Once upon a time, it was easy to achieve audit quality. Purchasing a set of practice aids from a major publisher, completing all the requirements of the forms, checklists and programs, and preparing working papers for every trial balance account was the way it was done. This approach took a lot of time but it made the cheeks of “warm-glow” auditors turn pink! This “don’t worry, be happy” strategy enabled some of us to sleep at night!
Then along came the “expectation gap” standards of the mid-1980s. These standards injected a concept called “professional judgment” into our audit approaches. Basing audit approaches on worst-case risk scenarios, we learned, didn’t always qualify as professional judgment. Can you believe we actually had to begin identifying risks during planning and tailoring audit programs based on those risks?
This made many auditors uncomfortable. Not understanding which procedures to add or delete in applying professional judgment based on assessed levels of risk, we continued to default to high risk and perform all procedures on all purchased practice aids.
Twenty years passed and new risk assessment standards became effective. Audit strategies now must be designed based on assessed levels of risk of material misstatement at the assertion (account classification) level. Even more professional judgment is required! High risk should result in more audit work; low risk requires less audit work.
We get the high risk part but doing less work when risk is low causes us to grab the edge of our desks and squeeze until our knuckles turn white! We still fear missing an error or fraud so we continue doing everything! This is not professional judgment!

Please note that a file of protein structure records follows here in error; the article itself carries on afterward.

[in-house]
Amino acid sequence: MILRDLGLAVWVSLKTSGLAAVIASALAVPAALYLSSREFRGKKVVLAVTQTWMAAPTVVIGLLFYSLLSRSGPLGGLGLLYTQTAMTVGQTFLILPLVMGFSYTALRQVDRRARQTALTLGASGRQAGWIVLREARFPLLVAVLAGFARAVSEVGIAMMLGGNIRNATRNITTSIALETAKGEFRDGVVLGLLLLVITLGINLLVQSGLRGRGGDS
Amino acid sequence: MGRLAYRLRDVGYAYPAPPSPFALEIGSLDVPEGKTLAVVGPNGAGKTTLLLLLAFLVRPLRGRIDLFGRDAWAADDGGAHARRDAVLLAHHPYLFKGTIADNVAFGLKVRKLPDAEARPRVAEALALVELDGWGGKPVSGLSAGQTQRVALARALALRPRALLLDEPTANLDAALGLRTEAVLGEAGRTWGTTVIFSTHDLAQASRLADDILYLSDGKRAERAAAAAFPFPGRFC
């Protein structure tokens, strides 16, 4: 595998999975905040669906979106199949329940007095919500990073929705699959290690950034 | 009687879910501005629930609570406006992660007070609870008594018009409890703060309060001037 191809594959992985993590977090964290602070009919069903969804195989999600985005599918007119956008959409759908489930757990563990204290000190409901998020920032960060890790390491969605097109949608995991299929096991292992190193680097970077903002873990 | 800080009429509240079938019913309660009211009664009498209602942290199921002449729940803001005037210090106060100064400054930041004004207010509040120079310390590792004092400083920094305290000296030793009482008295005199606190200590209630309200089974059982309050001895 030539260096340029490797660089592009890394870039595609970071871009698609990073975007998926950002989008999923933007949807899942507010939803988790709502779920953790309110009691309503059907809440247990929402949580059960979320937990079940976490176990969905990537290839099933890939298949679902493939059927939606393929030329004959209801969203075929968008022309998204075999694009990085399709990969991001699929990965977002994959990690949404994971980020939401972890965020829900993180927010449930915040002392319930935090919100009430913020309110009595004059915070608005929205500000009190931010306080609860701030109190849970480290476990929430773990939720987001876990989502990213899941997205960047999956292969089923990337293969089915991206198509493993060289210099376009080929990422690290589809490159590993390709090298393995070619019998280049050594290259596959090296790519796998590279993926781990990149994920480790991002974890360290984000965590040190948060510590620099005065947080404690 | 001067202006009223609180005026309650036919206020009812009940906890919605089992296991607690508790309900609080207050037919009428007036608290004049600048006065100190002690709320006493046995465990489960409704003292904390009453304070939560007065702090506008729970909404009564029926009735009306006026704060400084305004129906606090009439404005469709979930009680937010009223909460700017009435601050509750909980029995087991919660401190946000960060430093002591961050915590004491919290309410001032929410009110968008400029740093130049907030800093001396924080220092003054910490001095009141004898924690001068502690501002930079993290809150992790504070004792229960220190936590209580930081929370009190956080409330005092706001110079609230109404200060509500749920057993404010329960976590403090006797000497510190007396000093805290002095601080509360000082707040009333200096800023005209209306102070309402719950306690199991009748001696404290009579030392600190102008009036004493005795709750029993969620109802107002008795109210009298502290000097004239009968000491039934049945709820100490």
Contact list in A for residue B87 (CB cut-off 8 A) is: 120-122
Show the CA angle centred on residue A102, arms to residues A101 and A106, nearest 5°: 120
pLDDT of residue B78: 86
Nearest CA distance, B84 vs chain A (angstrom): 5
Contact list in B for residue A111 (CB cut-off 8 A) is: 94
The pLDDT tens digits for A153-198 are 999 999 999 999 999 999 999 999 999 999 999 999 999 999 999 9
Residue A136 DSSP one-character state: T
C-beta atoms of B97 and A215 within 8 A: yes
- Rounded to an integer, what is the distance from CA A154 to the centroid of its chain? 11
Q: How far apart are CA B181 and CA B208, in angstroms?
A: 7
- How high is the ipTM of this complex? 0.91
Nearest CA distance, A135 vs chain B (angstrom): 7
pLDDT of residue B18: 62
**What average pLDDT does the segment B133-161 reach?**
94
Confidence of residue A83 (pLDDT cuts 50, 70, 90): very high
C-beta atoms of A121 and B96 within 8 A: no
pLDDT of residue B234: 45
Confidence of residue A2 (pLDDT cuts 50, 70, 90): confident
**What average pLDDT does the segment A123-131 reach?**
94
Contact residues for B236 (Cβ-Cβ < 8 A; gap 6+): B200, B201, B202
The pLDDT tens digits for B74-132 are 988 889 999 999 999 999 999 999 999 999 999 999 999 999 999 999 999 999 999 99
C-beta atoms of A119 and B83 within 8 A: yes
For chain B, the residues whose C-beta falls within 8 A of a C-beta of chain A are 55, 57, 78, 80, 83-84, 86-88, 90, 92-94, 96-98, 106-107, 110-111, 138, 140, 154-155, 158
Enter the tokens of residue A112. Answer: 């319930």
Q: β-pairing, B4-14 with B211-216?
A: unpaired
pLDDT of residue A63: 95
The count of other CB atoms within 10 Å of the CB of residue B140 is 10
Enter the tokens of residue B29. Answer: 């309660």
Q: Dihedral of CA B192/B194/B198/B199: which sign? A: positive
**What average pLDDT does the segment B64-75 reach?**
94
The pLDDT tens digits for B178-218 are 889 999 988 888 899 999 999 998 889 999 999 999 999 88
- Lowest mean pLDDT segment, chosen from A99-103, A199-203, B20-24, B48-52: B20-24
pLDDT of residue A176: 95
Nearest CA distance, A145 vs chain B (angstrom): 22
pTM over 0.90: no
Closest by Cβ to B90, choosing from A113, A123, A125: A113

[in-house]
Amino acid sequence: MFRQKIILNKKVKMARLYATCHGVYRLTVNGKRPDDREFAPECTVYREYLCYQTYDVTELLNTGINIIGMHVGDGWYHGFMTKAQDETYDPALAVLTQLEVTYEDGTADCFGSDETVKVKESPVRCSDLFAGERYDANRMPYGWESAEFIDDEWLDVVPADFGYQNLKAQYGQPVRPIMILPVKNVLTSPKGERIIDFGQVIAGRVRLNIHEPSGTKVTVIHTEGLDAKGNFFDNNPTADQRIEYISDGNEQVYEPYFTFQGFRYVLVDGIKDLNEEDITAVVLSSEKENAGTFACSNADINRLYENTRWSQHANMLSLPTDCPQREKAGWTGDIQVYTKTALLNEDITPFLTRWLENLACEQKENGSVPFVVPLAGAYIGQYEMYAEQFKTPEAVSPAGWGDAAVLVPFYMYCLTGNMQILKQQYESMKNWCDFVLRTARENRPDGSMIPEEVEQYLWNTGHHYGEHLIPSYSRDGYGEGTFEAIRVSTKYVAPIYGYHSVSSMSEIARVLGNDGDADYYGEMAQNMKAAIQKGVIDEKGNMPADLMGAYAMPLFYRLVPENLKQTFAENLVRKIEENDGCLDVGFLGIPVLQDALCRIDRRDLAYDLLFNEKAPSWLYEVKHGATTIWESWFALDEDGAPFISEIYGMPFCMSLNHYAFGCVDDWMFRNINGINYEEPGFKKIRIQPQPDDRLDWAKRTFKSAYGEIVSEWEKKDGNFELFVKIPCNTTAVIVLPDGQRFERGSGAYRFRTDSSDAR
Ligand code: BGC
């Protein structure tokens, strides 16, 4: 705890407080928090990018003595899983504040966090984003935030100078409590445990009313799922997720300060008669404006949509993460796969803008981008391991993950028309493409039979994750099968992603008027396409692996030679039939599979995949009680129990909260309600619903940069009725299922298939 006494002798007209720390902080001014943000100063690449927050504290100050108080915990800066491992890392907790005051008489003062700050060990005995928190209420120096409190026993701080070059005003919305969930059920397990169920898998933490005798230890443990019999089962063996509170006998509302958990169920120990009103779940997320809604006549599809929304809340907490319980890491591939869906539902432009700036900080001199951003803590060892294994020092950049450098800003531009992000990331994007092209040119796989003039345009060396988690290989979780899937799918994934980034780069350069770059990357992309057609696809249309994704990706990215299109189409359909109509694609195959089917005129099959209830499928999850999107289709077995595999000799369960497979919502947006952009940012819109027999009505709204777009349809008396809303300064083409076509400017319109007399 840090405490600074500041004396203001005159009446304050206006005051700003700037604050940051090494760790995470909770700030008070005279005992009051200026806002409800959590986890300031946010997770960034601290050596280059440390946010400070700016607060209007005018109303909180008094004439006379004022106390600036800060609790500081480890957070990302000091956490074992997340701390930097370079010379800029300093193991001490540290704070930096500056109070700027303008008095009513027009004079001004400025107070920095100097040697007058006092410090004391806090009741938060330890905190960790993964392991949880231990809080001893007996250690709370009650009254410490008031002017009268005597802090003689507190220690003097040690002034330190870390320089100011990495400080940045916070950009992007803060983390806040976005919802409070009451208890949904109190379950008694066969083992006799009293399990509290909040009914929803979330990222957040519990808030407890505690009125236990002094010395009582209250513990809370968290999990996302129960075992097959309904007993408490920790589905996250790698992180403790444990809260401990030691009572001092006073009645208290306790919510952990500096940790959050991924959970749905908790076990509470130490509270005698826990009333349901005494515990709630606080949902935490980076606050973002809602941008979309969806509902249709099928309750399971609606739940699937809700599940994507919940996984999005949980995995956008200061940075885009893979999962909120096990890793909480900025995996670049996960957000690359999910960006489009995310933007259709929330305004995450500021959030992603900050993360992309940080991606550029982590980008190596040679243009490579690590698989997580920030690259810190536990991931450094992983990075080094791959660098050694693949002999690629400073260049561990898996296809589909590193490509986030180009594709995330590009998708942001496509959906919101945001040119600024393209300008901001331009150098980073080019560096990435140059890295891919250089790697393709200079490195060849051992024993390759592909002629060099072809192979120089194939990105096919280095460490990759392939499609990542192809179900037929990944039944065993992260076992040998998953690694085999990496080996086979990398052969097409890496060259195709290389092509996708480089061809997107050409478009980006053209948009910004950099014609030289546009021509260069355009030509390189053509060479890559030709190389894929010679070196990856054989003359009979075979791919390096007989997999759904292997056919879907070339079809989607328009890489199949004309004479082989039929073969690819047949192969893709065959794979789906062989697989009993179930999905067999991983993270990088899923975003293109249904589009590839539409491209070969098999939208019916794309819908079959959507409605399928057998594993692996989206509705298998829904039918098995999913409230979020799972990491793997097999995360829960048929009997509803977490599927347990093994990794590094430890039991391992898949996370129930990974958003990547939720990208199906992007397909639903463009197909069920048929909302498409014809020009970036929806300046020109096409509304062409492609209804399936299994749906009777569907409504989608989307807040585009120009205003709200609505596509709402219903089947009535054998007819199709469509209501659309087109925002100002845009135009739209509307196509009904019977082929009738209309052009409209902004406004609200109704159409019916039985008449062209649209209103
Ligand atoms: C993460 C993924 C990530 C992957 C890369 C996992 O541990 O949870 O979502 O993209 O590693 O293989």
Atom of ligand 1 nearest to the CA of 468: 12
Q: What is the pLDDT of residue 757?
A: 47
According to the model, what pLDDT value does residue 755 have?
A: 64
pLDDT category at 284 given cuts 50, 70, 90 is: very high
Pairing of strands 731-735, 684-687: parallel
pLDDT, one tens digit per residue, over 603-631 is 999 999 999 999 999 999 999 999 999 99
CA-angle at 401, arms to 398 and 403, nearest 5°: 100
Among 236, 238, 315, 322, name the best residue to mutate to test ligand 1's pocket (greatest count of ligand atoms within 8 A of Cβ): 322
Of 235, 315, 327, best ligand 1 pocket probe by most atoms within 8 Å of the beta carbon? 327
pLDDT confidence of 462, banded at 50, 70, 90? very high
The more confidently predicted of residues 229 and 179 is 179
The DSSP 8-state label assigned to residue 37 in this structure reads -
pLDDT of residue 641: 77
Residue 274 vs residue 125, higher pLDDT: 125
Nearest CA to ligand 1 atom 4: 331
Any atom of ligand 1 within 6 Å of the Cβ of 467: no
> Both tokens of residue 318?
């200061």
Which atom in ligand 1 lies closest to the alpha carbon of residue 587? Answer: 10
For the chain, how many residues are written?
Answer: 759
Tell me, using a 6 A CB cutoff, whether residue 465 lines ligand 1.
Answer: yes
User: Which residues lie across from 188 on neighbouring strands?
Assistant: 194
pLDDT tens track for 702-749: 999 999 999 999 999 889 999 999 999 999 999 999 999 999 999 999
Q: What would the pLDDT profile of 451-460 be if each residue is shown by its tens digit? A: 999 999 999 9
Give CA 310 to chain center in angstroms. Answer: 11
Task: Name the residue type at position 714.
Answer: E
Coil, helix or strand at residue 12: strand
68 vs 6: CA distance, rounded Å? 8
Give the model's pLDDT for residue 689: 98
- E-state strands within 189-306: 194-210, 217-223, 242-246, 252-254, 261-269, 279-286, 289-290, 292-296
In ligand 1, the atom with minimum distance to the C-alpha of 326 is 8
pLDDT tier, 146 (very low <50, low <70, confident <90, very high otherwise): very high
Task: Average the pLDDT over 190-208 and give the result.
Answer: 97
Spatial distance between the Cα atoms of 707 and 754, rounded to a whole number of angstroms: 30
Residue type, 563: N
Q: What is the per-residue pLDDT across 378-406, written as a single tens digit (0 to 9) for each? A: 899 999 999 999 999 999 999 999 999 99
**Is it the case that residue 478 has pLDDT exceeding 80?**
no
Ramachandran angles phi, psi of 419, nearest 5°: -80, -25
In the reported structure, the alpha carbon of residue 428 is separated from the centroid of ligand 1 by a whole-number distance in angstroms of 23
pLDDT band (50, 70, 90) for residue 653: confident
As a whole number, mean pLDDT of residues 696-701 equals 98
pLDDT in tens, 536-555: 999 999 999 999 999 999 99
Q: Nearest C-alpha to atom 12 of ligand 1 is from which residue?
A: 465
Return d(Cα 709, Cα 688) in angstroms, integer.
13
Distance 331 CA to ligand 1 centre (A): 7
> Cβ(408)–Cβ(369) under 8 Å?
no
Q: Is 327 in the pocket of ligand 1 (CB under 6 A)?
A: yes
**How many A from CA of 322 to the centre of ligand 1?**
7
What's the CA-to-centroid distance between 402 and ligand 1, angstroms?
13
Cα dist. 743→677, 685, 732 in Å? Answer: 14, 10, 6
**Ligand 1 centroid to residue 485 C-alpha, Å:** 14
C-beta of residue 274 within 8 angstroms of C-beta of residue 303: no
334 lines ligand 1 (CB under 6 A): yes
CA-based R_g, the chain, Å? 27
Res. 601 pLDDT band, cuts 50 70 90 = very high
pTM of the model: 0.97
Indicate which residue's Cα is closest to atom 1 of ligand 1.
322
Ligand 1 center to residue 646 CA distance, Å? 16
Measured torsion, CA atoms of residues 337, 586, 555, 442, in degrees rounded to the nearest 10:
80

So what’s an auditor to do? An old playwright, G.K. Chesterton I believe, once said, “The best way out is through.” So it is for today’s auditor. Going “through” to professional judgment on audits includes these steps:
1. Know the requirements of the professional standards. We must know what the requirements are so we can do the minimum!
2. Plan unique audit strategies on each engagement for each client. Use professional risk-based judgments to determine the minimum substantive evidence necessary to evaluate financial statement assertions.
3. Decide upon the most cost-beneficial evidence collection methods and audit documentation possible in each engagement’s circumstances.
These steps will result in compliance with the requirements of current and new redrafted risk assessment standards. The auditor’s professional judgment will ensure both quality and profitability on every engagement!
Two live or on-demand webcasts in my Small Audit Series, “Using Only Key Forms” and “Just Enough Working Papers” cover these subjects in greater detail. You can download syllabuses and register by clicking the applicable box on my home page, www.cpafirmsupport.com.